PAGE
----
Virgin Atlantic is planning to significantly downsize its operations and close its operation at London Gatwick.
It said the moves were necessary to ‘position itself for a post-Covid19 future’.
The airline says it believes recovery to pre-crisis levels will take up to three years.
“Accordingly, the airline has taken decisive action to reduce costs, preserve cash and to protect as many jobs as possible. … to safeguard the future of the airline so it can emerge from this crisis a sustainably profitable business.”
The company has announced “a planned reduction of 3,150 jobs across all functions. Working closely with unions BALPA and Unite, a company-wide consultation period of 45 days begins today”.
As part of “Optimising its network and simplifying its fleet” it will fly only wide-body, twin-engine aircraft from London Heathrow and Manchester and move its flights from London Gatwick to London Heathrow, though it says it has “the intention of retaining its slot portfolio at London Gatwick, so it can return in line with customer demand”.
Shai Weiss, CEO, Virgin Atlantic commented: “I wish it was not the case, but we will have to reduce the number of people we employ. The commitment of our people throughout this crisis has been nothing but amazing, and the embodiment of true Virgin spirit. As we have navigated the Covid-19 crisis, I have been humbled at every step by their solidarity. In times of adversity we must support each other so that ultimately, we can emerge a stronger and better Virgin Atlantic.
Virgin is also grounding its seven B747-400s, with four A330-200 aircraft retiring in early 2022 as planned.
A Gatwick spokesperson said: “We are very saddened to hear the news today about Virgin Atlantic’s plans. We have had a long, close and successful relationship with the airline since it made its maiden flight from Gatwick back in 1984. Virgin Atlantic will always be welcome at Gatwick and we will continue our efforts to explore ways to restart the airline’s operations as soon as possible, in the knowledge that they intend to retain their slot portfolio at Gatwick for when demand returns. This news will be devastating for its staff and the many local businesses that supply and support the airline at the airport and its HQ in Crawley, however we will continue to work with Virgin Atlantic to get them flying again from Gatwick.”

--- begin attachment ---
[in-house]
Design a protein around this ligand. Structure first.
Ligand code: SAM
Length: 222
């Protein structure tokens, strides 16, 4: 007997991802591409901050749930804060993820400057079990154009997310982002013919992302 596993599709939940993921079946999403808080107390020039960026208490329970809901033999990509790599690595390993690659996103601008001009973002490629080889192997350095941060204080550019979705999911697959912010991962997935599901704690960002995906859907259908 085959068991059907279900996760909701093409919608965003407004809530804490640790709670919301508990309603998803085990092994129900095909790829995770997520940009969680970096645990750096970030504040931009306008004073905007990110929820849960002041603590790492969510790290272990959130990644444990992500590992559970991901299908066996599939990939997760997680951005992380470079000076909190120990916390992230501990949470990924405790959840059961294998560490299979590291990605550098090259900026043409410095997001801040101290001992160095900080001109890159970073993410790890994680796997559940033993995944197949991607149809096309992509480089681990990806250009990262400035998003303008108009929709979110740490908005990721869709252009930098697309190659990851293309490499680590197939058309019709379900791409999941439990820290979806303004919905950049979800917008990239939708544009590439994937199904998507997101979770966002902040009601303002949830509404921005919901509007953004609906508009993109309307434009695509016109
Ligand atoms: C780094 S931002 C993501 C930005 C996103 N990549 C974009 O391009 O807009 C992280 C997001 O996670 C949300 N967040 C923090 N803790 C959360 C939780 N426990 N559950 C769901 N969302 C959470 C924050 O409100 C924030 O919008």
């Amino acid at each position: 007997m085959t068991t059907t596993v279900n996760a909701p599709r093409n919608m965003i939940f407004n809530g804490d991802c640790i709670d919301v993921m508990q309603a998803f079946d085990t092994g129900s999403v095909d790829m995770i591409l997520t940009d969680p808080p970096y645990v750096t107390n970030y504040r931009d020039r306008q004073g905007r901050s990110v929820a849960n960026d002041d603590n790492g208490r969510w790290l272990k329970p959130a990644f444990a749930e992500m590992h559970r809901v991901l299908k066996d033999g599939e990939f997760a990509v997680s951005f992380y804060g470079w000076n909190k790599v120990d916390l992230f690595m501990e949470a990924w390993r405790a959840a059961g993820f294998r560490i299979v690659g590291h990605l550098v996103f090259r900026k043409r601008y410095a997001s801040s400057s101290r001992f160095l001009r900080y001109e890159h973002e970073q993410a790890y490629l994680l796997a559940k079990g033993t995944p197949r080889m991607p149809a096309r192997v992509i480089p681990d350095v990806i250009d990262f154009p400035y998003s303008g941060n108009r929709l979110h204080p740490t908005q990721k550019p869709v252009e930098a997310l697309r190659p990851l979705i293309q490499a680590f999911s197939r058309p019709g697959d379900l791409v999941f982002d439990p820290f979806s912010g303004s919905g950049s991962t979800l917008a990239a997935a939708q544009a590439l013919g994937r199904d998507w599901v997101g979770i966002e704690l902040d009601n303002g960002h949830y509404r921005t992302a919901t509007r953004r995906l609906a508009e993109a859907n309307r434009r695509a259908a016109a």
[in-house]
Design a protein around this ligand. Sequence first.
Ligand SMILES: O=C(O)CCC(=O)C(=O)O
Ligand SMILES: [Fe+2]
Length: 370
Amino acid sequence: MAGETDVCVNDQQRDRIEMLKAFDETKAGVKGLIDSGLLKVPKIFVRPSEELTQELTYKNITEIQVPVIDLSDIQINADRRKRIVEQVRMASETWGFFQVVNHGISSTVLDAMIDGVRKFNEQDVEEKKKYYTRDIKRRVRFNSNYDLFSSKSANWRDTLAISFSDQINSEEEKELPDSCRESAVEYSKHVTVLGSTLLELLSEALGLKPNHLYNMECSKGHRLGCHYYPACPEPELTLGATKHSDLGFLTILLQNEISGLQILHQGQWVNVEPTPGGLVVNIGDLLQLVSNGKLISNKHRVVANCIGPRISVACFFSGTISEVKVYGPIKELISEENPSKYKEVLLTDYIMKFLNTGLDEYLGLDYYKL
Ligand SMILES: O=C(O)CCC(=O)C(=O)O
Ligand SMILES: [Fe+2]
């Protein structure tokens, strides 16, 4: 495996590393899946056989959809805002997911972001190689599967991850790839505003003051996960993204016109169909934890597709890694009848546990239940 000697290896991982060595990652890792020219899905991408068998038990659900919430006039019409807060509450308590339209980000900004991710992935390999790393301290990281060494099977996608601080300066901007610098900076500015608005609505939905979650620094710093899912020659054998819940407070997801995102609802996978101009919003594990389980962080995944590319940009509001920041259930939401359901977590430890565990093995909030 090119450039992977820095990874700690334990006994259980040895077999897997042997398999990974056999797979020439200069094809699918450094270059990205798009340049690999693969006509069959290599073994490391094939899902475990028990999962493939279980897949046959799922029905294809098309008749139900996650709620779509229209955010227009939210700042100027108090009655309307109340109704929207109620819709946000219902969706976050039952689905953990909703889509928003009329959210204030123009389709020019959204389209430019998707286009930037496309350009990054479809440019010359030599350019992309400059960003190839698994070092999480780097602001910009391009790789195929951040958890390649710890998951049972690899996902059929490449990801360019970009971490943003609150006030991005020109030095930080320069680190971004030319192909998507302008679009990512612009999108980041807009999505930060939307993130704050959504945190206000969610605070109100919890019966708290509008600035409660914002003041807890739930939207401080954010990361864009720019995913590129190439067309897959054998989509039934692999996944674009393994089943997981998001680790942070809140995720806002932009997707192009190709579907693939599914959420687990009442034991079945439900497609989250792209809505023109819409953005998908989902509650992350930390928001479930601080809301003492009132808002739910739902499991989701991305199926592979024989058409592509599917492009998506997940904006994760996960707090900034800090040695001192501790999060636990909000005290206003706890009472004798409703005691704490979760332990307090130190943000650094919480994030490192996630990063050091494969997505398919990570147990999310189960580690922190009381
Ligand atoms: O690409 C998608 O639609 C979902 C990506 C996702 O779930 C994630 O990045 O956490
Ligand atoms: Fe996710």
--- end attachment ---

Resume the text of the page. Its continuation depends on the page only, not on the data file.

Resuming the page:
The British Airline Pilots Association (BALPA) said “The news of over 3000 proposed job losses at Virgin Atlantic is devastating for those who work for the airline and BALPA is doing all it can to support members affected. There are 426 pilots at risk. This is another terrible blow for the industry and is evidence of the dire situation facing UK aviation.
“Without immediate action by the Government we will see the once world leading industry decimated and that will have an effect throughout the UK economy and to all the other industries that rely on aviation. Virgin for example applied for Government support weeks ago and Treasury is still prevaricating.
“It won’t just be airline staff who are hit by this lack of support… it will reverberate right through to the whole U.K.
BALPA General Secretary Brian Strutton said: “Our members and all staff in Virgin Atlantic will be shocked by the scale of this bombshell. We will be challenging Virgin very hard to justify this.
“My letter to the Chancellor yesterday is all the more significant – why is the Government sitting on its hands while aviation plunges further towards a death spiral? Government should call a moratorium on job losses in aviation and lead a planned recovery.”